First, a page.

Now you can start writing the clues that you will drop into your game. These can be simple and direct statements of fact: "Dwenvyr uses a longbow." Alternatively, you can create more complicated fact chain with dependencies: "If Erevan uses a long sword then Lothar is a Barbarian and Anardulian speaks Abyssal, otherwise Brundis uses a dagger."

As you come up with your clues, fill out a clean grid as you go to make sure you are not making assumptions based on info other than the clues you have.

Storytelling Using Logic Grids

Stories and plots come down to simple conflict questions. Who did it, why, and how did they do it are all great questions the characters must answer. These questions are what drive the story, and tapping into human curiosity like this that makes a tale memorable and compelling.

The basic method of creating stories using this method is:

  1. Define the critical questions of your scene, adventure, or campaign. For example, who are the suspects in the trial, how does the villain plan on destroying the city of Elba'Anar, where do the Goblin tribes plan to strike next?
  2. Define what variables the PCs need for them to answer the questions.
  3. Create clues that, when thought about logically, will allow the players to deduce the answer to the critical question.
  4. Plant your clues into encounters, combats, and social interactions leading up to the story climax.

Logic Puzzle Challenges and Encounters

To use logic grid puzzles in a roleplaying game insert them as you would any other puzzle or riddle. The players must solve the puzzle to move forward.

Perhaps the PCs have entered a wizard's laboratory and must mix a series of ingredients they find to prepare the proper reagents needed for a crucial ritual.

The problem is that the wizard's notes are sparse and heavily damaged. The players only have a few hints and must extrapolate to finish and combine the reagents.

Here we can use a set number of variables (perhaps color, quantity, physical state and label) to create a puzzle the PCs must work through to create the correct reagents. For example, you must add 3 tablespoons of the green powder labeled "Wyrmsvort" along with W amount of the reagent with properties X, Y, & Z.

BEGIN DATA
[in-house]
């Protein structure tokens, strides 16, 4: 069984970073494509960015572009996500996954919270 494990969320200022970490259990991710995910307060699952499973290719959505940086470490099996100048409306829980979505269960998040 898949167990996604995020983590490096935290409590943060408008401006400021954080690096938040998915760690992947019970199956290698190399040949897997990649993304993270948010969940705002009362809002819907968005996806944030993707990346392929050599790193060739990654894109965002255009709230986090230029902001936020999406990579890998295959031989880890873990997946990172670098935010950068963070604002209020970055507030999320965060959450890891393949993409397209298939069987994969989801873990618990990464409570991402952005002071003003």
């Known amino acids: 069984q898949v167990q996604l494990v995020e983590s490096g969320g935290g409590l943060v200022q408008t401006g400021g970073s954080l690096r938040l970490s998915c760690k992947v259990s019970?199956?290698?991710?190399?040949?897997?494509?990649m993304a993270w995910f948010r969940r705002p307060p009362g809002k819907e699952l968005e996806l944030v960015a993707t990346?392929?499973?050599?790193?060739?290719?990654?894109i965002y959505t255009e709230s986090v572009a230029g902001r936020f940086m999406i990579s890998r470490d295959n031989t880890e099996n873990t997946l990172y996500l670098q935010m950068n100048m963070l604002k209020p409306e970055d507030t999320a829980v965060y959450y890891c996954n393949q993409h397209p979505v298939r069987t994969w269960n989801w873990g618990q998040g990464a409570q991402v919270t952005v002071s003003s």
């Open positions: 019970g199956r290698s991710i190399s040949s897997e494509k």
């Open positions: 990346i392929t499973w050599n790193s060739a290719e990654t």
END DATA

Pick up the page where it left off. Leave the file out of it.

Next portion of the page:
This is the easiest way to use this sort of puzzle, but this use is definitely made more interesting when mixed in as part of a greater skill challenge or combat sequence. Having the wizard in the party stand at the desk and try to figure out the reagents under pressure of a real life timer while her allies fight off demons is more interesting than just rolling a d20 (though, perhaps the wizard will need to make Arcana checks to be given all the clues she'll need to finish the puzzle.)

Scene Development

When I plan out adventures I like to break them down into critical scenes. A scene is not the whole adventure, but is usually made up of three to five encounters. You can use logic grids to guide you as you plan out the story elements for each scene.

To do this you define the big question of the scene and then define the elements the characters will need to know to answer that critical question. Fill out your grid with the different variables, and then as each encounter in a scene unfolds give the players a new piece of the puzzle.

For example, one scene might be to prove the innocence of a trusted ally known to have a piece of vital information (perhaps a clue for another logic puzzle) but framed for a crime he didn't commit. This scene might take the players on a whirlwind tour of the town and surrounding areas, and each time they complete a skill challenge or a combat they pick up a clue the players can feed into their grid, which helps advance the story.